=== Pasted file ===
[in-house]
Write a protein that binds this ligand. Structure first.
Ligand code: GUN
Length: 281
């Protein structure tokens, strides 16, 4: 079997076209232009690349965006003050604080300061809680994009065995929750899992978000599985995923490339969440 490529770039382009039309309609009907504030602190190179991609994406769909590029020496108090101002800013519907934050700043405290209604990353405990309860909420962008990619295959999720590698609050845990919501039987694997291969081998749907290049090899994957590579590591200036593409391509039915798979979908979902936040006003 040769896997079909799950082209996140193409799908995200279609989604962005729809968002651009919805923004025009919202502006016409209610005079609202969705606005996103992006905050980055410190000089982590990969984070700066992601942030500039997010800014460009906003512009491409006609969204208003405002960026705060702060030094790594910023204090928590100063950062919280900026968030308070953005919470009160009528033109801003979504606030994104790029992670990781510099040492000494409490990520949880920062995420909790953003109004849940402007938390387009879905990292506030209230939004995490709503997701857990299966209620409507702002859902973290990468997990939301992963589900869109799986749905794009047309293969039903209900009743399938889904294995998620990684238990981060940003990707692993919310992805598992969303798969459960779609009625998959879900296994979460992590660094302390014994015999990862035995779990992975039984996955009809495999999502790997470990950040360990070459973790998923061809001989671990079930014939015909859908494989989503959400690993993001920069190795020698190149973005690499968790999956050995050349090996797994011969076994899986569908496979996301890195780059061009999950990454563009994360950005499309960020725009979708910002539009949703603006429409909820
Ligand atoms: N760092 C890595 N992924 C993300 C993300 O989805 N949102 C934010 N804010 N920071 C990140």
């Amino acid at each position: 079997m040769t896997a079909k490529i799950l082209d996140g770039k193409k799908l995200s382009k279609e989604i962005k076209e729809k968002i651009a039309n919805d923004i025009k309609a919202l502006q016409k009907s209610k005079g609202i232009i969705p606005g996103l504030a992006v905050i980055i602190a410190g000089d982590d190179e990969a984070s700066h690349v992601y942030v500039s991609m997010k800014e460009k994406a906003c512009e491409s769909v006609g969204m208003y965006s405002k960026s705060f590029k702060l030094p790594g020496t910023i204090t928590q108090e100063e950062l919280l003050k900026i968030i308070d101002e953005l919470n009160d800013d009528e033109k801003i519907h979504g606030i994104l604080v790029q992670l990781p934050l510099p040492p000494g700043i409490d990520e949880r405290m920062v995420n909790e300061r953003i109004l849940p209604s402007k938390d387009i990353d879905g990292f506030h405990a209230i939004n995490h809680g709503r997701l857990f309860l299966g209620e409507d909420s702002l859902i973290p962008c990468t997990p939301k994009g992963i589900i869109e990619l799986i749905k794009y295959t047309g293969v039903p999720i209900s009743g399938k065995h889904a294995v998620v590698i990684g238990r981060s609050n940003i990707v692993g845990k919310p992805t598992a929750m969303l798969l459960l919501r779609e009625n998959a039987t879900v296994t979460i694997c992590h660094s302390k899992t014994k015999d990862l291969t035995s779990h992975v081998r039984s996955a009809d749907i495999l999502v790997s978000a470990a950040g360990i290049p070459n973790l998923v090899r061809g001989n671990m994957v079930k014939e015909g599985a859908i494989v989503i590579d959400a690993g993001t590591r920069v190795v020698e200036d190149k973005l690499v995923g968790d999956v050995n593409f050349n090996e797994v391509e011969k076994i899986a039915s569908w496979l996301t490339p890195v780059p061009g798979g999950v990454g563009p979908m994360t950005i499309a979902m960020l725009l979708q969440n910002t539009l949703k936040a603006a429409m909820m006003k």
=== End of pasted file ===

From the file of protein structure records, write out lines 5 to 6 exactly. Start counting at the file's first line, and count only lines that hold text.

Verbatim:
């Protein structure tokens, strides 16, 4: 079997076209232009690349965006003050604080300061809680994009065995929750899992978000599985995923490339969440 490529770039382009039309309609009907504030602190190179991609994406769909590029020496108090101002800013519907934050700043405290209604990353405990309860909420962008990619295959999720590698609050845990919501039987694997291969081998749907290049090899994957590579590591200036593409391509039915798979979908979902936040006003 040769896997079909799950082209996140193409799908995200279609989604962005729809968002651009919805923004025009919202502006016409209610005079609202969705606005996103992006905050980055410190000089982590990969984070700066992601942030500039997010800014460009906003512009491409006609969204208003405002960026705060702060030094790594910023204090928590100063950062919280900026968030308070953005919470009160009528033109801003979504606030994104790029992670990781510099040492000494409490990520949880920062995420909790953003109004849940402007938390387009879905990292506030209230939004995490709503997701857990299966209620409507702002859902973290990468997990939301992963589900869109799986749905794009047309293969039903209900009743399938889904294995998620990684238990981060940003990707692993919310992805598992969303798969459960779609009625998959879900296994979460992590660094302390014994015999990862035995779990992975039984996955009809495999999502790997470990950040360990070459973790998923061809001989671990079930014939015909859908494989989503959400690993993001920069190795020698190149973005690499968790999956050995050349090996797994011969076994899986569908496979996301890195780059061009999950990454563009994360950005499309960020725009979708910002539009949703603006429409909820
Ligand atoms: N760092 C890595 N992924 C993300 C993300 O989805 N949102 C934010 N804010 N920071 C990140």